Just a side note, since I took that course, they have developed desk top models of scanning electron microscopes. I want!

spankedbywife said...

Funny but just last night I was discussing some of the 'early days' of computers. I put my first computer from a kit in 1978. It used CP/M, an earlier version of DOS. We called them 'microcomputers' before IBM came out with the 'PC'.

Anonymous said...

Ha! My first computer was a Commodore 64. I remember how excited I was and how cool I thought it was. My kids would be mortified. lol The computers we have now blow that thing out of the water. Makes me wonder what the computers that the next generation will have will be like!

ronnie said...


Yes I do remember them all. I still have a bottle of correction fluid:) but of course not needed now.


Sorry the deleted comment was minex

Hermione said...

Roz - Formatting can be a pain. I sometimes long for the days of Word Perfect's "reveal codes".

Elle - I was never much good at those commands either.

Rose - I never learned Basic, skipped from Fortran to Assembler. It's amazing how technical we needed to be to use a computer.

DelFonte - Really? I had a workmate who resisted all of Windows' features and always went to the Dos prompt for anything file-related.

Joey - Amazing how expensive those first computers were. Our first "laptops" at work weighed 20 lb., cost $20,000 and had $10,000 worth of software on them.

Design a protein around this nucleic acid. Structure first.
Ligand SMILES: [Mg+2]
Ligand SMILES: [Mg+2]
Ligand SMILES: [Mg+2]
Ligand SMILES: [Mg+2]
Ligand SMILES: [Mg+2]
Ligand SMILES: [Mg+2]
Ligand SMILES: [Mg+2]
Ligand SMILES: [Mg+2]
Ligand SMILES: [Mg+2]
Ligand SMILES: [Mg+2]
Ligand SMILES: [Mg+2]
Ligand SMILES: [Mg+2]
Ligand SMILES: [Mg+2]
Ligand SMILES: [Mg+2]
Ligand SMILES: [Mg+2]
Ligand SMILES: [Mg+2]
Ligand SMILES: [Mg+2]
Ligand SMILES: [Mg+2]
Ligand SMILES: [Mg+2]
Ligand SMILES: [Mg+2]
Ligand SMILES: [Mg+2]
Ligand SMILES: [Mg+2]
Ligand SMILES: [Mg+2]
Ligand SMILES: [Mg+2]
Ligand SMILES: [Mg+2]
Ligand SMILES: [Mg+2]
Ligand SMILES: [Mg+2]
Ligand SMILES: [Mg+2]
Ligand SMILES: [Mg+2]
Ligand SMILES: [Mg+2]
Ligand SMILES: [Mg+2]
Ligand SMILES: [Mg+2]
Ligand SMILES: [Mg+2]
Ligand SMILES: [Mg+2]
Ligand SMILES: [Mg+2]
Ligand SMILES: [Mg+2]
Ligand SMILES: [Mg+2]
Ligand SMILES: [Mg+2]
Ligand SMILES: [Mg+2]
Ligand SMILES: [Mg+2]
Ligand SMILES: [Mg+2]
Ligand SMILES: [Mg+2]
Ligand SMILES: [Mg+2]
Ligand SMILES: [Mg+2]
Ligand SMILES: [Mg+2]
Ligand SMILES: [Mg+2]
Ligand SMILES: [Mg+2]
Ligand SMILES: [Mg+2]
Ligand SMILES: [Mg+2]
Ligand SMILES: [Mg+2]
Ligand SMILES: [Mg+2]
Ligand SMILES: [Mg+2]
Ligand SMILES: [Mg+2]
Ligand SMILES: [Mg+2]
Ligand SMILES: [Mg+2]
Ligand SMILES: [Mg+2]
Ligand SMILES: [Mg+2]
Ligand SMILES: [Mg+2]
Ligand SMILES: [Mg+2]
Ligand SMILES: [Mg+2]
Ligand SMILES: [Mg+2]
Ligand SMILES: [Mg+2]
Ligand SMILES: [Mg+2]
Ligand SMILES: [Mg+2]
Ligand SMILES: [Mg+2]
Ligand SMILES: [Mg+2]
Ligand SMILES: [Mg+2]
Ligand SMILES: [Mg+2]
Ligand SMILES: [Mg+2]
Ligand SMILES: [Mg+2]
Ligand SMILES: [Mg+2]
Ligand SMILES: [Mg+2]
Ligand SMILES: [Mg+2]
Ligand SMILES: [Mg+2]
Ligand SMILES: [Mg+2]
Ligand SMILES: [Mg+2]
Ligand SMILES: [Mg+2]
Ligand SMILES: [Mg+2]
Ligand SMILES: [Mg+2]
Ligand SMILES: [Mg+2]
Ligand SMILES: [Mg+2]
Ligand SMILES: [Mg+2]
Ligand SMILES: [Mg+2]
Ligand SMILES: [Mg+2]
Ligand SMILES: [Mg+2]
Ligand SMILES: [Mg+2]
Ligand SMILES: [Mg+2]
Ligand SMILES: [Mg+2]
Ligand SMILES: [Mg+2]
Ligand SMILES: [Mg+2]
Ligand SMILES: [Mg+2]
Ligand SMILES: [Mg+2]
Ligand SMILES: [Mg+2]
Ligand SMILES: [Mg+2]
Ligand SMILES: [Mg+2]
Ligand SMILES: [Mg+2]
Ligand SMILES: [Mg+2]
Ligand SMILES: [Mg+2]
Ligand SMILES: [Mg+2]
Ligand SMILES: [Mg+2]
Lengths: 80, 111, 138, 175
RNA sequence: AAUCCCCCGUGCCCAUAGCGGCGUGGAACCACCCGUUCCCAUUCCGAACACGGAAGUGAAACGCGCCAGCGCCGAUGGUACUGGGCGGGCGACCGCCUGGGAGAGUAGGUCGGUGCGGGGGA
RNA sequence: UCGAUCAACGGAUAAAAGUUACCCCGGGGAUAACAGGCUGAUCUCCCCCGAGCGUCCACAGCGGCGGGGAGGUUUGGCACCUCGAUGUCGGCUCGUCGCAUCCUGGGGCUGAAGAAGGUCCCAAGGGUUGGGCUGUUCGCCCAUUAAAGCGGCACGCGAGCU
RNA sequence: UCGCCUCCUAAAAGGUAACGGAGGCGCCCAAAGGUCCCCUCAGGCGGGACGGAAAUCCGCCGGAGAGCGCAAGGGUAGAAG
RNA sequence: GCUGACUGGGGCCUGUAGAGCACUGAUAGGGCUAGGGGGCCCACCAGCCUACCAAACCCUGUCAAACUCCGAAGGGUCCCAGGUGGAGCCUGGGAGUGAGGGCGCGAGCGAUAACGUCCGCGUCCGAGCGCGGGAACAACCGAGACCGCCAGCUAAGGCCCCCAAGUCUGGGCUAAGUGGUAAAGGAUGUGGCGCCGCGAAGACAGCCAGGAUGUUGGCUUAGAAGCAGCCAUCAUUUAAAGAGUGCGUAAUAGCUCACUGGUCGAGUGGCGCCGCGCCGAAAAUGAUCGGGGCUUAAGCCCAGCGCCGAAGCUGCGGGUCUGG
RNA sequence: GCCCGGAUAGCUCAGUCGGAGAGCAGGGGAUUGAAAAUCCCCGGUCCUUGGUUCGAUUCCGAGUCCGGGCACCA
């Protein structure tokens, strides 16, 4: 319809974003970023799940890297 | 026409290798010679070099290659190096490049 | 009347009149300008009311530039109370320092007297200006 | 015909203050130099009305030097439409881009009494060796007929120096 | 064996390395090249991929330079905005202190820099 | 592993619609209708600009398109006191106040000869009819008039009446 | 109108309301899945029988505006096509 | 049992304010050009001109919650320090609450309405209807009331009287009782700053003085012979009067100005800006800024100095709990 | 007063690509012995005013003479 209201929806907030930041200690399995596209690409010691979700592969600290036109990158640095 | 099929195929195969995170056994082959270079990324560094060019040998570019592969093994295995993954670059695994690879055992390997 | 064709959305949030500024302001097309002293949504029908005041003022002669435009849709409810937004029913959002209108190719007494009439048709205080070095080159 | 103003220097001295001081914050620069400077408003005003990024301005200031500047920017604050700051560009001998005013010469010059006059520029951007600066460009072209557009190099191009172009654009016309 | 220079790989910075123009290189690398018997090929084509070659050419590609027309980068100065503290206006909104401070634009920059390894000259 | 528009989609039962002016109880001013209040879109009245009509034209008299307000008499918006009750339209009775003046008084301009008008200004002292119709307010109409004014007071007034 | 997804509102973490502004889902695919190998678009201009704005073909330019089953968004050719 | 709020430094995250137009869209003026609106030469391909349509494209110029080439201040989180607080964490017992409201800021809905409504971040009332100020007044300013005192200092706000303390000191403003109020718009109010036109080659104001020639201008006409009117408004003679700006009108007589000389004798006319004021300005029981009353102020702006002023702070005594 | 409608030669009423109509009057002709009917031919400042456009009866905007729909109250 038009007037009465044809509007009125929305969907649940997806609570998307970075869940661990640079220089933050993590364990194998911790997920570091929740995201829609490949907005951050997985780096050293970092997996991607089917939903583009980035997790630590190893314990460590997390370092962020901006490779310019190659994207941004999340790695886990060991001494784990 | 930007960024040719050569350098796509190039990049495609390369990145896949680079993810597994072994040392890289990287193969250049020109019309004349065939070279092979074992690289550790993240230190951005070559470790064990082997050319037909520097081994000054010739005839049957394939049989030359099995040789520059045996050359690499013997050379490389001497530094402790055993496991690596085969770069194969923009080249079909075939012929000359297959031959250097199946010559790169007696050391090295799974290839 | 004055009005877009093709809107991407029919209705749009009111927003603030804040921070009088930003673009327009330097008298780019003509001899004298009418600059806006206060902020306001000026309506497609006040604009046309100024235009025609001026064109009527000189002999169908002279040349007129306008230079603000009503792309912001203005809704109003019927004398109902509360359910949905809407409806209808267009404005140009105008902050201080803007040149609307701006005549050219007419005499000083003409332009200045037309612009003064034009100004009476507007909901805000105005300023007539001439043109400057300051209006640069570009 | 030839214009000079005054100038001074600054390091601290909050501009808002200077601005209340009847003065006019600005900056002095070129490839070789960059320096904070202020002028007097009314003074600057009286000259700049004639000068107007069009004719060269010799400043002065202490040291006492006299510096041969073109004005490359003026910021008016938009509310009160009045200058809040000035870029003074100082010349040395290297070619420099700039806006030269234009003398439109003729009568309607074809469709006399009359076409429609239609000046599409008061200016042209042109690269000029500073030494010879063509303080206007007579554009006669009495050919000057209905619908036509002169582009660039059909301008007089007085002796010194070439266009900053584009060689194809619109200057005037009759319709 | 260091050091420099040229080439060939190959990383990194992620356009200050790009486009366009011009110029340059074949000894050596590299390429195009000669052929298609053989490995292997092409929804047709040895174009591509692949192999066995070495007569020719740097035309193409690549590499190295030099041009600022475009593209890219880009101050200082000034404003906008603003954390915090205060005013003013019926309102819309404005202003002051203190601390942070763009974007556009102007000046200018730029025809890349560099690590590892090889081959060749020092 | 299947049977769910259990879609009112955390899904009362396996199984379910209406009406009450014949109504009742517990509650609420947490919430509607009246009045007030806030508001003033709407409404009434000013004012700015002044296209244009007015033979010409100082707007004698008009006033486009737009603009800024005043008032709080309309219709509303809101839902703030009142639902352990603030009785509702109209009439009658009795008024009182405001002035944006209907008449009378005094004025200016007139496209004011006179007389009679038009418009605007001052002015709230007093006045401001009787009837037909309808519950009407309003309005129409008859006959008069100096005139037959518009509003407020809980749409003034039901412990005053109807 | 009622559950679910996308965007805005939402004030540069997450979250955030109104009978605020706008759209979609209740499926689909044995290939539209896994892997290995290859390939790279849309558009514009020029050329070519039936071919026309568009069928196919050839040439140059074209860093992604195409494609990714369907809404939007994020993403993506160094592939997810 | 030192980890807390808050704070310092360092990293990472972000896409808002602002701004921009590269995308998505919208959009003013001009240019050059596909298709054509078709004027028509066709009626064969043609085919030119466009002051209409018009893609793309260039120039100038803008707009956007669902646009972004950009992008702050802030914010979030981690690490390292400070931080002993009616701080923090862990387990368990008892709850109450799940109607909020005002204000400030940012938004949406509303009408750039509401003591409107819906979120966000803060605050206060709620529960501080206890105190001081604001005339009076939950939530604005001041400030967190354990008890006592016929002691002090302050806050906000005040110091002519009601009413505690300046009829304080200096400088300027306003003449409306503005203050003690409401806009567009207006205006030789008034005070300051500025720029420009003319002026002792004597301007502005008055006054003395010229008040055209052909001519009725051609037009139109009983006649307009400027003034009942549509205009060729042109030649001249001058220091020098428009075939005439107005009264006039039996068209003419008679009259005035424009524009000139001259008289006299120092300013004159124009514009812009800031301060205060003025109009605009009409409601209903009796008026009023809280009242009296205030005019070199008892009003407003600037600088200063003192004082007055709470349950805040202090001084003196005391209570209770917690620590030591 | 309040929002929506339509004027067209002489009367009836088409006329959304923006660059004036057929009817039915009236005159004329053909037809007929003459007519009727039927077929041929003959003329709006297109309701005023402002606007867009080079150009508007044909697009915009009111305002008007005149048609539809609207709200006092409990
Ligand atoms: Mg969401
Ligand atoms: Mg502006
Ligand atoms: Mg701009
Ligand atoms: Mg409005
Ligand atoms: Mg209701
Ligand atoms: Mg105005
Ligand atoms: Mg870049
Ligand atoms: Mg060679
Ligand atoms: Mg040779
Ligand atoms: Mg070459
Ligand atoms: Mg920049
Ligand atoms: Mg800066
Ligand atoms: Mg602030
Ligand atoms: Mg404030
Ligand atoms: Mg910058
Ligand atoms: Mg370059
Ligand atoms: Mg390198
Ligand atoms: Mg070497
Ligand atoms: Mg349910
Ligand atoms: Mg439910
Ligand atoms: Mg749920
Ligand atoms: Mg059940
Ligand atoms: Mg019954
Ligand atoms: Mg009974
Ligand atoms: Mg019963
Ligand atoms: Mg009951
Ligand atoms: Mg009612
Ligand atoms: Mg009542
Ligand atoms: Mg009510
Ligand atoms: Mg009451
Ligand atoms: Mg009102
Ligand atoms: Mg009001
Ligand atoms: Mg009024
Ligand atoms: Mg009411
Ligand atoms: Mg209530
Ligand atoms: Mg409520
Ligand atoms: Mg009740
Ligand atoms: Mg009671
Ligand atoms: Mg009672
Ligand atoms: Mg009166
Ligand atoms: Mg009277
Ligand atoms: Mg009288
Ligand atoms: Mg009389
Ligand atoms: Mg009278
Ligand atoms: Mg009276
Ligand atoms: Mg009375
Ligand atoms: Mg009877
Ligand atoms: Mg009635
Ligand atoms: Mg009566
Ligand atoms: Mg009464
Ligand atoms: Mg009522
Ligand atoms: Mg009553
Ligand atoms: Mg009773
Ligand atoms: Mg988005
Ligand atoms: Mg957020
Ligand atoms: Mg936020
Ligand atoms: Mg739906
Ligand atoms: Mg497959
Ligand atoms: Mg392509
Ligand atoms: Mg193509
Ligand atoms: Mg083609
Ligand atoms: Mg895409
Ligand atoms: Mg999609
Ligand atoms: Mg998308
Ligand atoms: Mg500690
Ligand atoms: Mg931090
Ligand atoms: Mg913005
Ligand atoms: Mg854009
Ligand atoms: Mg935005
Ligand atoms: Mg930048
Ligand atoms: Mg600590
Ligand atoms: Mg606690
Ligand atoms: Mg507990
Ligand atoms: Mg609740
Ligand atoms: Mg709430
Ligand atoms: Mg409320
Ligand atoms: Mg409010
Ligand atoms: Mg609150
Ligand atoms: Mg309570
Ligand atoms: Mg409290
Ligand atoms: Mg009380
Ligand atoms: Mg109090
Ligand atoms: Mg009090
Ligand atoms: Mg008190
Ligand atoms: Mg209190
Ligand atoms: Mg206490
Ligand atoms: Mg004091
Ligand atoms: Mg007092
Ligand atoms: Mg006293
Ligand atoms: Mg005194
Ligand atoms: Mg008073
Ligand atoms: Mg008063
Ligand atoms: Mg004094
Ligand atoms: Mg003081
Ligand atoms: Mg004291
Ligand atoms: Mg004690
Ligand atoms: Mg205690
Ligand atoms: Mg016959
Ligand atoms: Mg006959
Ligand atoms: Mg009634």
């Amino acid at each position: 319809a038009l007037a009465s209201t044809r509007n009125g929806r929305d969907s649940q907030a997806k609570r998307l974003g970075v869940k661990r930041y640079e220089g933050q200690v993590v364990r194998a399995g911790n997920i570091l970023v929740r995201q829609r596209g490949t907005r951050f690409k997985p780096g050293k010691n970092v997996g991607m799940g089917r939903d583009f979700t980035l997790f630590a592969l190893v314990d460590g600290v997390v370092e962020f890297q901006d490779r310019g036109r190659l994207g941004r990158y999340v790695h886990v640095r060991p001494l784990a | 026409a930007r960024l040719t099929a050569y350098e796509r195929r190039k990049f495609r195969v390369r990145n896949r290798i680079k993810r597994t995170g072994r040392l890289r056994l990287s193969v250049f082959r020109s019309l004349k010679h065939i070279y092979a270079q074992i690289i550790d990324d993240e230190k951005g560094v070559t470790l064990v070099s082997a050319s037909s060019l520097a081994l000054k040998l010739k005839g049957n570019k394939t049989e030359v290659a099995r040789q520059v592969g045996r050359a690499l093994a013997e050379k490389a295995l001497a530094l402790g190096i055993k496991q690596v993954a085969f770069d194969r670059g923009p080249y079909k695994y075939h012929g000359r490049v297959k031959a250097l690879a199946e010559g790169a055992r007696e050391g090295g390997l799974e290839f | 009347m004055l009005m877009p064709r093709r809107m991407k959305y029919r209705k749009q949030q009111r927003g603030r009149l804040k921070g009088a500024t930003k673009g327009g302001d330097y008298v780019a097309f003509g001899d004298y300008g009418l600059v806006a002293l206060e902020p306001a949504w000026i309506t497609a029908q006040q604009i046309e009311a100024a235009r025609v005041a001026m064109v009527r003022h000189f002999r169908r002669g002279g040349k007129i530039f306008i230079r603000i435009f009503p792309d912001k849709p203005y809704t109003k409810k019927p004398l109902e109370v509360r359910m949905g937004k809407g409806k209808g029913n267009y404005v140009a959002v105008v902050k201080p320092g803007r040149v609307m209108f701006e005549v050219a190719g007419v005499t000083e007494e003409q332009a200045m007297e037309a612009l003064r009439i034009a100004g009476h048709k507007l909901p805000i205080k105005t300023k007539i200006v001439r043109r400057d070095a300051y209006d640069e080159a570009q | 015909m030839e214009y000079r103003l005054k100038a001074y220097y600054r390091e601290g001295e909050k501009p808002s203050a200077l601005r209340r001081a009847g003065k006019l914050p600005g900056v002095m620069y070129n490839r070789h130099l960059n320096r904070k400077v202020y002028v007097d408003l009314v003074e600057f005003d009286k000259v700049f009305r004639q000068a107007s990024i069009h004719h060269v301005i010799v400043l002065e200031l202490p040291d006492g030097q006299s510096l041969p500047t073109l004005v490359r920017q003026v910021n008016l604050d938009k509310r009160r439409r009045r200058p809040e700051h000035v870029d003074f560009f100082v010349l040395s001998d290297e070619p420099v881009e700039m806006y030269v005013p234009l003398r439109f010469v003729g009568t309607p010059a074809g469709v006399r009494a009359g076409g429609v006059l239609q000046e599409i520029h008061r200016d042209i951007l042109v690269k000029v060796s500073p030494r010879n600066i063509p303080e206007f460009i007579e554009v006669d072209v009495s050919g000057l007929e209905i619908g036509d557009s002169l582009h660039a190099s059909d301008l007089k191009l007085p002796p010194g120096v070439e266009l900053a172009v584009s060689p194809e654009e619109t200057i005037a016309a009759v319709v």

Ronnie - I have one too that I use only rarely now.

Bobbie Jo - I also had a 286 at work.
Funny how more than one person on the computer would make the whole thing crash!

Ken - Great minds think alike:) How clever of you to have built your own.

Grace - I took my first microcomputer course on a Vic 20. It used reel to reel cassettes. The Commodore 64 was a big step up. Who knows what will happen next?


Erica said...

This post sparked my own memory of old computers!

I thought DOS was the pits. I learned how to use computers right around the time things were switching over to Windows (I learned on Windows 3.1). I guess people made do when it was the only game in town, but how tedious.

Baxter said...

when I started working in 1978, the secretary used a typewriter without an electric cord. WOW. We also used a teletype type machine in which we punched up a papertape every night and then ran it through the system to trace railroad cars. We also used it for sending wires, which were what we call email these days. Our first home computer was a Kaypro and it cost like $2-3,000 and had two floppy disk drives. Remember those in which you put the program disk in one and the one you typed on in the other. OMG. At least they worked and didn't go down all the time. thanks for the memories.

A. Lurker said...

Hi Hermione,

OMG! What a trip down memory lane!

I remember using calculators in CEGEP. They were about as big as today's desktops. They could do the 4 basic operations and square roots. They were bolted to the desks coz they cost about $2000 in the '70s.